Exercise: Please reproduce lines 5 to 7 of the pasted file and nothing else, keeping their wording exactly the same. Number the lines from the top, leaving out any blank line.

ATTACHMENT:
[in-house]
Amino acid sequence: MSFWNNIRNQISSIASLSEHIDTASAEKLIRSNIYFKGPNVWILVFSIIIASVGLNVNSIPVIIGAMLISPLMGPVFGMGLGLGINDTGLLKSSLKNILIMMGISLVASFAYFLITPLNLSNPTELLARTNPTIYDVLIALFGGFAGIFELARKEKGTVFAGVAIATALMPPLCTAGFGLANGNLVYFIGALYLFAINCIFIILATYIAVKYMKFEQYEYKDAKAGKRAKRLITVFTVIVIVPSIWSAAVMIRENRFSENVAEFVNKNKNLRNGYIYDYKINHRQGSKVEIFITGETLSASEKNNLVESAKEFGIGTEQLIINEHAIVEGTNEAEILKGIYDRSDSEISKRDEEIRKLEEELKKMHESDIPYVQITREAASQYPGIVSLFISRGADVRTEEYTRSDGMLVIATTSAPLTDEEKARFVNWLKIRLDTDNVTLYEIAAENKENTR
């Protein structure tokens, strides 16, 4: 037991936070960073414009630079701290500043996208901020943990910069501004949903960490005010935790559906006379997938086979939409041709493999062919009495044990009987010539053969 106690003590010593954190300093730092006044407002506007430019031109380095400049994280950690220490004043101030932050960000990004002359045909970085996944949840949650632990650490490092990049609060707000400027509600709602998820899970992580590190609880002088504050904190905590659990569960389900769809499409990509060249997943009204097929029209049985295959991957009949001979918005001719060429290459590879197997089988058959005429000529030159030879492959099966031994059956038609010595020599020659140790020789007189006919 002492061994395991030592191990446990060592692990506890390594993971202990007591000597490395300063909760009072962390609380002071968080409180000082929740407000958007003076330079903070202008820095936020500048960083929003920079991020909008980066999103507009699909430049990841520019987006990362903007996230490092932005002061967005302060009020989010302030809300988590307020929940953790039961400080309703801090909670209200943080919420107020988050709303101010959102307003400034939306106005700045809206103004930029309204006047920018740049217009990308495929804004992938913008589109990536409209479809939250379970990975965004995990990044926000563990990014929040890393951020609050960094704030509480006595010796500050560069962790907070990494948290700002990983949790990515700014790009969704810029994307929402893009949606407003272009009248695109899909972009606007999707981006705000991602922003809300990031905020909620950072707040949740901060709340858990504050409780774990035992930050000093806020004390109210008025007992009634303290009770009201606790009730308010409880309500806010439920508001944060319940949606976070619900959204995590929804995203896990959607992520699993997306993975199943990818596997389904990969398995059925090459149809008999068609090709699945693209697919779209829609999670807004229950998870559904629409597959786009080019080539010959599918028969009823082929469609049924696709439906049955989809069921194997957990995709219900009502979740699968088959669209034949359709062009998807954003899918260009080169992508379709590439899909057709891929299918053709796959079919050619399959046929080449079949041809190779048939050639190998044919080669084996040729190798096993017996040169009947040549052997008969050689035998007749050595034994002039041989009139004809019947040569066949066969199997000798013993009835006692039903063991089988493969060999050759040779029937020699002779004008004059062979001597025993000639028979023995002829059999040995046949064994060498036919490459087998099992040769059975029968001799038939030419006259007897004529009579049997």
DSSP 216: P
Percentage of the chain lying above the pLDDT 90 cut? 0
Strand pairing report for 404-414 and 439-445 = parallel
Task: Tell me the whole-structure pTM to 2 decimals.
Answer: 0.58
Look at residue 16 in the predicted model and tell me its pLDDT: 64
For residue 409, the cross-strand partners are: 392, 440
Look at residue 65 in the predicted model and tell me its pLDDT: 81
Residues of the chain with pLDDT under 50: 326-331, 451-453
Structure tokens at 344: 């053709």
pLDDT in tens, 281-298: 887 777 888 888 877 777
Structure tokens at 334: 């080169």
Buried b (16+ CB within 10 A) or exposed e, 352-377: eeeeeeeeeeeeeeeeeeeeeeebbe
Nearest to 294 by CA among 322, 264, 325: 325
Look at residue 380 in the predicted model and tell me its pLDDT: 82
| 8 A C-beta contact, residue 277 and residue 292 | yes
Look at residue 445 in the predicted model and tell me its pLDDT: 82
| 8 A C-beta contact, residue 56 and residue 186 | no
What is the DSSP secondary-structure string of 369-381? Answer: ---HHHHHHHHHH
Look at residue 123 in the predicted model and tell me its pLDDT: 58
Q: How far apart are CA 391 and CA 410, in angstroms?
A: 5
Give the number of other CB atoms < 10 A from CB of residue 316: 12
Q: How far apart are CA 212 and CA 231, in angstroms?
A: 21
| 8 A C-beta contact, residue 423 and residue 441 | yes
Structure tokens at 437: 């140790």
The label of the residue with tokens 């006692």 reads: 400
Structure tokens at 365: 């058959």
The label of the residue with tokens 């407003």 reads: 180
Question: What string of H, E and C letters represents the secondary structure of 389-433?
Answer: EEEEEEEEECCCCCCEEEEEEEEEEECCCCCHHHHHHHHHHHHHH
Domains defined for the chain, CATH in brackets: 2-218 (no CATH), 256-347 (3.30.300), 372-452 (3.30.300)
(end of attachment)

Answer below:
Percentage of the chain lying above the pLDDT 90 cut? 0
Strand pairing report for 404-414 and 439-445 = parallel
Task: Tell me the whole-structure pTM to 2 decimals.